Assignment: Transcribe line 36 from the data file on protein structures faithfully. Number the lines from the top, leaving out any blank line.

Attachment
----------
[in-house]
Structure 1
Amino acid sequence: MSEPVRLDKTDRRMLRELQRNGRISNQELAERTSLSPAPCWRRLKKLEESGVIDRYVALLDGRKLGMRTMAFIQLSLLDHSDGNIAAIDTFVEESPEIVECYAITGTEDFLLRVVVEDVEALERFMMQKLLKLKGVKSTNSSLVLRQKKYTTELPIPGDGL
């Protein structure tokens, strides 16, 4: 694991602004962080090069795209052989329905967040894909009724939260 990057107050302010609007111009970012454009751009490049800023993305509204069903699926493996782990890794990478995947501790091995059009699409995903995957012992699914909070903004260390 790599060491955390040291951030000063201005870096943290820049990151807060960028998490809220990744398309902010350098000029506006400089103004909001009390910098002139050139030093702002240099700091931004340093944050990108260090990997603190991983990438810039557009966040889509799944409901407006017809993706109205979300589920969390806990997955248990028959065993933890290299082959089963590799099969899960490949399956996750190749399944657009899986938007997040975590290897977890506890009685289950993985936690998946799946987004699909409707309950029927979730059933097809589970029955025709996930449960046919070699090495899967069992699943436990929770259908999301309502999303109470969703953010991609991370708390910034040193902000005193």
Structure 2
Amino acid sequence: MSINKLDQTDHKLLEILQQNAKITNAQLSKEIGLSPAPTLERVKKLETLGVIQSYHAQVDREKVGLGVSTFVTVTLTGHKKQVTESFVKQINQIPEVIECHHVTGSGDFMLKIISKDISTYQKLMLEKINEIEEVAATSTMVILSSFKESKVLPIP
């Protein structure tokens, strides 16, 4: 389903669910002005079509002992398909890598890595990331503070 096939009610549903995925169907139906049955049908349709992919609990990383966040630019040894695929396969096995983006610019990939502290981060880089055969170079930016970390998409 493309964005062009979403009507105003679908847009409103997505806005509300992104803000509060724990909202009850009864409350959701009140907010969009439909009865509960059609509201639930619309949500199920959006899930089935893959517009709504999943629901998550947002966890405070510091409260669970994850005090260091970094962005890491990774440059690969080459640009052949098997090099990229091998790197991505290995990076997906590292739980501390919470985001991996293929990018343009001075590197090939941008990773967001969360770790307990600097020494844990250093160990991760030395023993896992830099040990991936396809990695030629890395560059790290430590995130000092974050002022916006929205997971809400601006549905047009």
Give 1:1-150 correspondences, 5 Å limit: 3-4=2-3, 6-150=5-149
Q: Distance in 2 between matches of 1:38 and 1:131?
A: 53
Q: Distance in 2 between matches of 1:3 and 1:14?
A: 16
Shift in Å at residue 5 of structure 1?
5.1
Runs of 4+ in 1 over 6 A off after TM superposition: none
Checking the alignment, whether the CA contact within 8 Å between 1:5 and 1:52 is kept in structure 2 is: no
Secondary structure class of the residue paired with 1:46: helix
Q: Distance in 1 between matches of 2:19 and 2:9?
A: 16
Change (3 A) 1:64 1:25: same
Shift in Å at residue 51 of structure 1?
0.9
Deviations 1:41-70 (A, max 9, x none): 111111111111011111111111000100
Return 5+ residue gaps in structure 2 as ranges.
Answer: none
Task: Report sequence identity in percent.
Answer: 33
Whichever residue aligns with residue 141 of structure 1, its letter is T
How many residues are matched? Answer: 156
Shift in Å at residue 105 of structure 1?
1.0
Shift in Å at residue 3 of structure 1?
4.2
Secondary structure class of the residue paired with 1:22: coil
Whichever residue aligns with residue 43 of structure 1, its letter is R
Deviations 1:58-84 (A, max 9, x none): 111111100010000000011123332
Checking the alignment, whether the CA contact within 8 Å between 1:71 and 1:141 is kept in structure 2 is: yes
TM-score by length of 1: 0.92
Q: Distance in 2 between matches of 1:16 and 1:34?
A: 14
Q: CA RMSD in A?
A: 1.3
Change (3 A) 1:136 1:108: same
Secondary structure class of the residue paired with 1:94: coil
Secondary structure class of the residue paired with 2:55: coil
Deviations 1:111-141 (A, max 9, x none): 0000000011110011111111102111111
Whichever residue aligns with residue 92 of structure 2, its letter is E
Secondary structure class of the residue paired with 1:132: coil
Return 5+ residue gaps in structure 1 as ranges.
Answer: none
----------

Deviations 1:58-84 (A, max 9, x none): 111111100010000000011123332